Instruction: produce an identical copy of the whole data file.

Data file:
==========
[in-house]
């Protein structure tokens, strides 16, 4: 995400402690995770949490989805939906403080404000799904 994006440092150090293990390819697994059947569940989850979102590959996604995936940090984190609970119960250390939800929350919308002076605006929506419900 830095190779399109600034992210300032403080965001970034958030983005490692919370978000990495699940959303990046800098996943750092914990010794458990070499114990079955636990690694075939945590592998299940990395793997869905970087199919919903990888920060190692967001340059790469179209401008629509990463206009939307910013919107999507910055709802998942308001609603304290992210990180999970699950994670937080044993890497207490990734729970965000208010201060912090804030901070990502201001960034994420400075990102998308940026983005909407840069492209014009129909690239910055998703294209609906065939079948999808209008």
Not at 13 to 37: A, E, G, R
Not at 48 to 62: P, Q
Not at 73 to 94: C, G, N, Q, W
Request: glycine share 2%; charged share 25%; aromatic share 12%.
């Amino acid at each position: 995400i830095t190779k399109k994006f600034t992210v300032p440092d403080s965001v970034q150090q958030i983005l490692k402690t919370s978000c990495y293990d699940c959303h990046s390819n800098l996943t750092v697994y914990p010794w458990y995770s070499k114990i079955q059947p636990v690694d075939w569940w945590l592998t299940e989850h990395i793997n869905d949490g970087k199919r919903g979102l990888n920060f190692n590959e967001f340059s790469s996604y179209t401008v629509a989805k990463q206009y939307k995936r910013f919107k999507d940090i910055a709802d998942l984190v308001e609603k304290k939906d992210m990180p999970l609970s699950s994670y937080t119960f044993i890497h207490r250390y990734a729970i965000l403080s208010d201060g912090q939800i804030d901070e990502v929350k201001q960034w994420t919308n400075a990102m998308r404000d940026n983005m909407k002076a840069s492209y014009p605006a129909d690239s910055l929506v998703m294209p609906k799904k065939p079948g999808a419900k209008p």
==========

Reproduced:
[in-house]
């Protein structure tokens, strides 16, 4: 995400402690995770949490989805939906403080404000799904 994006440092150090293990390819697994059947569940989850979102590959996604995936940090984190609970119960250390939800929350919308002076605006929506419900 830095190779399109600034992210300032403080965001970034958030983005490692919370978000990495699940959303990046800098996943750092914990010794458990070499114990079955636990690694075939945590592998299940990395793997869905970087199919919903990888920060190692967001340059790469179209401008629509990463206009939307910013919107999507910055709802998942308001609603304290992210990180999970699950994670937080044993890497207490990734729970965000208010201060912090804030901070990502201001960034994420400075990102998308940026983005909407840069492209014009129909690239910055998703294209609906065939079948999808209008």
Not at 13 to 37: A, E, G, R
Not at 48 to 62: P, Q
Not at 73 to 94: C, G, N, Q, W
Request: glycine share 2%; charged share 25%; aromatic share 12%.
């Amino acid at each position: 995400i830095t190779k399109k994006f600034t992210v300032p440092d403080s965001v970034q150090q958030i983005l490692k402690t919370s978000c990495y293990d699940c959303h990046s390819n800098l996943t750092v697994y914990p010794w458990y995770s070499k114990i079955q059947p636990v690694d075939w569940w945590l592998t299940e989850h990395i793997n869905d949490g970087k199919r919903g979102l990888n920060f190692n590959e967001f340059s790469s996604y179209t401008v629509a989805k990463q206009y939307k995936r910013f919107k999507d940090i910055a709802d998942l984190v308001e609603k304290k939906d992210m990180p999970l609970s699950s994670y937080t119960f044993i890497h207490r250390y990734a729970i965000l403080s208010d201060g912090q939800i804030d901070e990502v929350k201001q960034w994420t919308n400075a990102m998308r404000d940026n983005m909407k002076a840069s492209y014009p605006a129909d690239s910055l929506v998703m294209p609906k799904k065939p079948g999808a419900k209008p």